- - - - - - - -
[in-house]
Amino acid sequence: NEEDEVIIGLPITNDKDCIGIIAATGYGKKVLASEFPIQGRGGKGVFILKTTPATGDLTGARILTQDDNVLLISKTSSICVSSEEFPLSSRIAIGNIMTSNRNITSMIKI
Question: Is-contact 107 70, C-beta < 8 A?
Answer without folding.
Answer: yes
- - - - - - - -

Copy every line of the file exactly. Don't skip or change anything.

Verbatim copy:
[in-house]
Amino acid sequence: NEEDEVIIGLPITNDKDCIGIIAATGYGKKVLASEFPIQGRGGKGVFILKTTPATGDLTGARILTQDDNVLLISKTSSICVSSEEFPLSSRIAIGNIMTSNRNITSMIKI
Question: Is-contact 107 70, C-beta < 8 A?
Answer without folding.
Answer: yes